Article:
National Insurance Rise to Be Reversed in November

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A 1.25% rise in National Insurance will be reversed from 6 November and the government will axe a planned tax rise to fund health and social care.

The NI rise was introduced in April under former chancellor Rishi Sunak, but during the Tory leadership race Liz Truss pledged to change it.

New chancellor Kwasi Kwarteng made the announcement ahead of a “mini-budget” on Friday.

He said the government would also cancel a separate tax, the Health and Social Care Levy, which was due to come into force in April 2023 and scrap a planned increase to dividend tax rates.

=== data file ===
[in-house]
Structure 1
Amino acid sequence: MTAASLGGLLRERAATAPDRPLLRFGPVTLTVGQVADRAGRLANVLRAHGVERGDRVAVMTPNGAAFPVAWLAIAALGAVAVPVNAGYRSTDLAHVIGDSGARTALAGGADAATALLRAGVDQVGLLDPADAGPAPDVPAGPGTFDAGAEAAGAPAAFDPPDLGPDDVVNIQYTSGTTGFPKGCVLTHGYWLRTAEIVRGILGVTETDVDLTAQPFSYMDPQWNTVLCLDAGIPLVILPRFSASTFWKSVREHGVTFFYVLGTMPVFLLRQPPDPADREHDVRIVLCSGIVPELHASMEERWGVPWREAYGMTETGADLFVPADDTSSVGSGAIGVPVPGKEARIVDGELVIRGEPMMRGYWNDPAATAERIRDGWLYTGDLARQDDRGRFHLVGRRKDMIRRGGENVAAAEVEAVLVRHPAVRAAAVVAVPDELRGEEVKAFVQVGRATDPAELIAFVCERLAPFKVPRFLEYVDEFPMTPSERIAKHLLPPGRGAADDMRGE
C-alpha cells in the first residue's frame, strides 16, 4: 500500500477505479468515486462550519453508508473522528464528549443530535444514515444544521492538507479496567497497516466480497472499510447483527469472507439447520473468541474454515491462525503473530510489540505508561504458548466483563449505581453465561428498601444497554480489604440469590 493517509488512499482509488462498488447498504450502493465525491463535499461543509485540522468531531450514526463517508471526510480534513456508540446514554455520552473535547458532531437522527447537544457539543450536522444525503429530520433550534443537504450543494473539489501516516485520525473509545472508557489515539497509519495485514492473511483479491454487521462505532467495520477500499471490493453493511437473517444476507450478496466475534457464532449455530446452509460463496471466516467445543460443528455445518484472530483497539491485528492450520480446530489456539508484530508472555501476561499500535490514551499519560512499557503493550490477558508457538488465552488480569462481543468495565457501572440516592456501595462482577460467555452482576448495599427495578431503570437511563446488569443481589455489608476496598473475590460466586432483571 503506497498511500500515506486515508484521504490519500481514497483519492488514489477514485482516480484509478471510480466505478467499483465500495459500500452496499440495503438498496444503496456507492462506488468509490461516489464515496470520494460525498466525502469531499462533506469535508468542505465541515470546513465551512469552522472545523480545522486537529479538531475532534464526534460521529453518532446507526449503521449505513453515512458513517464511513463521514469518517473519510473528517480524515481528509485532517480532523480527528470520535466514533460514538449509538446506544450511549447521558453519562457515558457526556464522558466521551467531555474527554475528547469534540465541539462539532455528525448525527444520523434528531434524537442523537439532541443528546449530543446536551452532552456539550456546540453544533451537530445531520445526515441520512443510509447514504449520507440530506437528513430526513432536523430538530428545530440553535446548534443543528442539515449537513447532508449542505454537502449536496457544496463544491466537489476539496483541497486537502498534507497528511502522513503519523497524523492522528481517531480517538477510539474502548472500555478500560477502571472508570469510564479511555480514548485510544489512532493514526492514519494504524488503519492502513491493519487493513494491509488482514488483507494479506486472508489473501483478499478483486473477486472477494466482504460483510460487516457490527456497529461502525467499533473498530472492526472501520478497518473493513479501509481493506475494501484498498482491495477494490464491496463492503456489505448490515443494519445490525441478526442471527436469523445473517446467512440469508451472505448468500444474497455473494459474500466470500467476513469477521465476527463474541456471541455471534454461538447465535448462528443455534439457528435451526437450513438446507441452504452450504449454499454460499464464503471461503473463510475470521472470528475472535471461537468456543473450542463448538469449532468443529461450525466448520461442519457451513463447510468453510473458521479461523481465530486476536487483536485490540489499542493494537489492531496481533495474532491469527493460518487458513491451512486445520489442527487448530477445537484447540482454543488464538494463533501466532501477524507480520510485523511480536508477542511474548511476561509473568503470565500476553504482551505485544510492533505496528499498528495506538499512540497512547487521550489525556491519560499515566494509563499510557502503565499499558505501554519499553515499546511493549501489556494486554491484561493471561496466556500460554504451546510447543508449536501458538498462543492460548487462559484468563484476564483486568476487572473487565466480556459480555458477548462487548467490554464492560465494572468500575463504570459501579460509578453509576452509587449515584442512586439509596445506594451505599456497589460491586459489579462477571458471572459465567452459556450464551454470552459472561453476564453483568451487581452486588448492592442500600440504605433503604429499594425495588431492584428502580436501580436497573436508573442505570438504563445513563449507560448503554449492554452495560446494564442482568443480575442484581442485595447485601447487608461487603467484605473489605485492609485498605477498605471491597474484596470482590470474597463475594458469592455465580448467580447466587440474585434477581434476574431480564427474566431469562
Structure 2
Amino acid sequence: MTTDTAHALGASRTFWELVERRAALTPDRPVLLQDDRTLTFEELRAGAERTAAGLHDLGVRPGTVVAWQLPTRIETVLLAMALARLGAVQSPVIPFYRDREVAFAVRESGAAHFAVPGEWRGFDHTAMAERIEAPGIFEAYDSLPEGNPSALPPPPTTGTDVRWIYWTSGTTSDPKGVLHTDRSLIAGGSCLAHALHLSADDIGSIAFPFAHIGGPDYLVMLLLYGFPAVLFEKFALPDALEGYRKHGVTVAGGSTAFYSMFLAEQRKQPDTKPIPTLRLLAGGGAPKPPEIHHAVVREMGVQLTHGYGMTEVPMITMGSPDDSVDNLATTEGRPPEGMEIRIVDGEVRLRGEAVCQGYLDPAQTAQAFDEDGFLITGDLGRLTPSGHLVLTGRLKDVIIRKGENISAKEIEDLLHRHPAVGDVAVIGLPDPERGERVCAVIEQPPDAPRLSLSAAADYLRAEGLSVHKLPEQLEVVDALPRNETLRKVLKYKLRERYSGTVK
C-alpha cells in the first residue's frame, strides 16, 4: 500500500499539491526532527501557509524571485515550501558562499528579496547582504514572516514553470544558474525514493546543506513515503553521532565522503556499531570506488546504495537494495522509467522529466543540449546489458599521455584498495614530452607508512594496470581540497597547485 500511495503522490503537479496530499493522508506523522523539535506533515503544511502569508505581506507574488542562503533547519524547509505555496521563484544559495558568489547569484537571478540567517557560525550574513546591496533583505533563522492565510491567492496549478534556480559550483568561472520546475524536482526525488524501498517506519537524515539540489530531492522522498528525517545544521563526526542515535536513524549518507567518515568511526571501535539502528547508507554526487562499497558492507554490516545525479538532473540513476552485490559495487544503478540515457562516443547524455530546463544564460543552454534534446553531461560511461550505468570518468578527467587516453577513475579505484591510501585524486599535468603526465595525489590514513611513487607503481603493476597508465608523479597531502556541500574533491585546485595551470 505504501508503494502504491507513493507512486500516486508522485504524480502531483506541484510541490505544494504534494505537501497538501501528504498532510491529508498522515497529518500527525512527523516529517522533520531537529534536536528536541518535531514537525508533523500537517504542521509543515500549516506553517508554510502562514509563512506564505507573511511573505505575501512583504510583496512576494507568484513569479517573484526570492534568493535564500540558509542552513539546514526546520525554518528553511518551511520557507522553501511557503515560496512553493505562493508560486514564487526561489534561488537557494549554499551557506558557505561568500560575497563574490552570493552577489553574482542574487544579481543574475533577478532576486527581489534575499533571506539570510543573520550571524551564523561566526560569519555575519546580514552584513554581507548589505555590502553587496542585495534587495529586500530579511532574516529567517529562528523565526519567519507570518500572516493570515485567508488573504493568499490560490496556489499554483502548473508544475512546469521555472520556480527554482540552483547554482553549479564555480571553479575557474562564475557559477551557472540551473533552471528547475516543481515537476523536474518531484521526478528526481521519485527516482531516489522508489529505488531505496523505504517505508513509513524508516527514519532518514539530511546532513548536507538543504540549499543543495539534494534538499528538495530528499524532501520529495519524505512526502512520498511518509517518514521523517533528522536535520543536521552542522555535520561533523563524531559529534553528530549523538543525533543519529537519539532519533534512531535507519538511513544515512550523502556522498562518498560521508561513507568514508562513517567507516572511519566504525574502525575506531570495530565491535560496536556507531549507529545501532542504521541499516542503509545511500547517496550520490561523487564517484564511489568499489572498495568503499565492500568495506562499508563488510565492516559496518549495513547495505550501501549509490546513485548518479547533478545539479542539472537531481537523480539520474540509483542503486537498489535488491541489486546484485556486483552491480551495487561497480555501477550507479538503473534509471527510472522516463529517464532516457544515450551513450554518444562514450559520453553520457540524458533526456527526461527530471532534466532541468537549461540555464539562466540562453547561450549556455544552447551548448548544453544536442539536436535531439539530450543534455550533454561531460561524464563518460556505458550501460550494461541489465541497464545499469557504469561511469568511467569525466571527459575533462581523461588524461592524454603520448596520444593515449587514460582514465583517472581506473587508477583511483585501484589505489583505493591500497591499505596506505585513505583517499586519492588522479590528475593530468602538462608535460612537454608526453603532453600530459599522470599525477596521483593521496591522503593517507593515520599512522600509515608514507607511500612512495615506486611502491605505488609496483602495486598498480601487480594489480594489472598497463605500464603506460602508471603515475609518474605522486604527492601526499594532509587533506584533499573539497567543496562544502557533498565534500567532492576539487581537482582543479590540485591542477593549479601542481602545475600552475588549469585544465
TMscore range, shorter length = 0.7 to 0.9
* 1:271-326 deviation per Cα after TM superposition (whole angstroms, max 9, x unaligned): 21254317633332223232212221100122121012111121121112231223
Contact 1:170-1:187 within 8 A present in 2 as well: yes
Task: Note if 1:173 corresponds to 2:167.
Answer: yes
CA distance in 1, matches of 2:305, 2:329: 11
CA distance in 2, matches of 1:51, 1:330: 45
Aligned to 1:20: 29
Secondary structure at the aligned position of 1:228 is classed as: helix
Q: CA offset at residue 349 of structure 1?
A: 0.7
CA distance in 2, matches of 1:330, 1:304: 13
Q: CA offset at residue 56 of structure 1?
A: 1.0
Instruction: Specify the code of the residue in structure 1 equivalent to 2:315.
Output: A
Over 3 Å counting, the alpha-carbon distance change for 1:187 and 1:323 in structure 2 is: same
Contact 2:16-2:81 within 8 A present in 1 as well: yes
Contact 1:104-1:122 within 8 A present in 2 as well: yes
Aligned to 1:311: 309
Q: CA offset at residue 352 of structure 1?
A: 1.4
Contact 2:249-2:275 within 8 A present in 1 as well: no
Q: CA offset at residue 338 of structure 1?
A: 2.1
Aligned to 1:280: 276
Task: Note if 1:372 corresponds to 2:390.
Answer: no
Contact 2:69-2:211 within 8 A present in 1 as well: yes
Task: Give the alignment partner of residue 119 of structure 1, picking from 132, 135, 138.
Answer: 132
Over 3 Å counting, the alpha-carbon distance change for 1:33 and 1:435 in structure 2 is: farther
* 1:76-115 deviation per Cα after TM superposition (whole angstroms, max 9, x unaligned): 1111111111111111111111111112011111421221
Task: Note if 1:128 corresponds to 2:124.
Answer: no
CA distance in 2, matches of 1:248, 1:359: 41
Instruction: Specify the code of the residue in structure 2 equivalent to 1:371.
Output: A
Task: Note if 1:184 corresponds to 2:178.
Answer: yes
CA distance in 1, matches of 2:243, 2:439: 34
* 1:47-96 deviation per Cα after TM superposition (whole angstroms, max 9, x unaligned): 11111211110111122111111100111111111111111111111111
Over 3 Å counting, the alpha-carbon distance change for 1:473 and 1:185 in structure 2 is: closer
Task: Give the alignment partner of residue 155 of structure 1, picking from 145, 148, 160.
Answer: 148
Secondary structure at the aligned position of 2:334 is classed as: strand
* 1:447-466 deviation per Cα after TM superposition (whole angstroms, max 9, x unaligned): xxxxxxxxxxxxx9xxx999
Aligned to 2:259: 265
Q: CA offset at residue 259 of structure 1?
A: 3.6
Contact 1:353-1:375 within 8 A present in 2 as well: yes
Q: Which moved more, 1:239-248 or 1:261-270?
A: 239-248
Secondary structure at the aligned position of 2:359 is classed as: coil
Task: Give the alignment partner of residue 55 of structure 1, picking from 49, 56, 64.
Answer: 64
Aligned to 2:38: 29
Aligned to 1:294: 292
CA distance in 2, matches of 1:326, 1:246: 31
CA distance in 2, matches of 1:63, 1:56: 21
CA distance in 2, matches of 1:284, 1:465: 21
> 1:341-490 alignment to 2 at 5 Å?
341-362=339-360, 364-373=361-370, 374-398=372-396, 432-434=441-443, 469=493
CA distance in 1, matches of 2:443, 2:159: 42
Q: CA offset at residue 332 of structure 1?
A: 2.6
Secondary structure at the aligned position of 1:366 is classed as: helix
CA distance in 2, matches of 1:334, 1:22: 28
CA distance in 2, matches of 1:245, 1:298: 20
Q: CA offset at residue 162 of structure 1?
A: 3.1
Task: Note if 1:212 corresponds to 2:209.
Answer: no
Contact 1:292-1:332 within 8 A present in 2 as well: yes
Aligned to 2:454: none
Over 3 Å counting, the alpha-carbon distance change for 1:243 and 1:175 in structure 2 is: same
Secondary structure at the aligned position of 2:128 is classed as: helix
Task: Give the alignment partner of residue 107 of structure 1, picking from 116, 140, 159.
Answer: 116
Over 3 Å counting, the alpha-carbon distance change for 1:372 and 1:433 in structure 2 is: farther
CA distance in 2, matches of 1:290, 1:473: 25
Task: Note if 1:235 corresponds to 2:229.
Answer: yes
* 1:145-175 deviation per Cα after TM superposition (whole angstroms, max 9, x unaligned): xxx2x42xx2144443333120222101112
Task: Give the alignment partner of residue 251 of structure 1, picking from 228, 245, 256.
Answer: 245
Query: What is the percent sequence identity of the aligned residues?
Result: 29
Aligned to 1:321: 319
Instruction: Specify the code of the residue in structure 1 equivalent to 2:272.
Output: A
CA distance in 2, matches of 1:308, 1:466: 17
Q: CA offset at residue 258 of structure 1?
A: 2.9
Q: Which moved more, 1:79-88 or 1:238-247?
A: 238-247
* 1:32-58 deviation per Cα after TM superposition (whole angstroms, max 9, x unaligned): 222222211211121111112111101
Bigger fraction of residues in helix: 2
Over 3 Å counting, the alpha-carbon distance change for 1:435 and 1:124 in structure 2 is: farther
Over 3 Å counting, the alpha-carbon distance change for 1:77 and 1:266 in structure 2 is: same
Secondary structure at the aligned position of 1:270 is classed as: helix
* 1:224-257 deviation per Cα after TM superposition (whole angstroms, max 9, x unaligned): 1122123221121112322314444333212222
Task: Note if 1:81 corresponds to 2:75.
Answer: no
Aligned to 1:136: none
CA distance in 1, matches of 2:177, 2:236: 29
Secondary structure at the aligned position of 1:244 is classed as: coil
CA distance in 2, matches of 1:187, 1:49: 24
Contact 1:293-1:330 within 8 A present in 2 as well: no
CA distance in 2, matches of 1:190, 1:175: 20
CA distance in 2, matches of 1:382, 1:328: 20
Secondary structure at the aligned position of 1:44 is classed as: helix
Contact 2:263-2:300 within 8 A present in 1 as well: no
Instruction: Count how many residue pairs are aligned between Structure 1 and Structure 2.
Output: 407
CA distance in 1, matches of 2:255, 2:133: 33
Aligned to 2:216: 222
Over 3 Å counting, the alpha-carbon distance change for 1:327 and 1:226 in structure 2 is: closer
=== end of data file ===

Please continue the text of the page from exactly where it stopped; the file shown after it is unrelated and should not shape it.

Ahead of his mini-budget on Friday, he said: “Taxing our way to prosperity has never worked. To raise living standards for all, we need to be unapologetic about growing our economy.

“Cutting tax is crucial to this – and whether businesses reinvest freed-up cash into new machinery, lower prices on shop floors or increased staff wages, the reversal of the levy will help them grow, whilst also allowing the British public to keep more of what they earn.”

The 1.25% increase in national insurance was announced by former chancellor Rishi Sunak to help fund health and social care.

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National Insurance rise to be reversed in November

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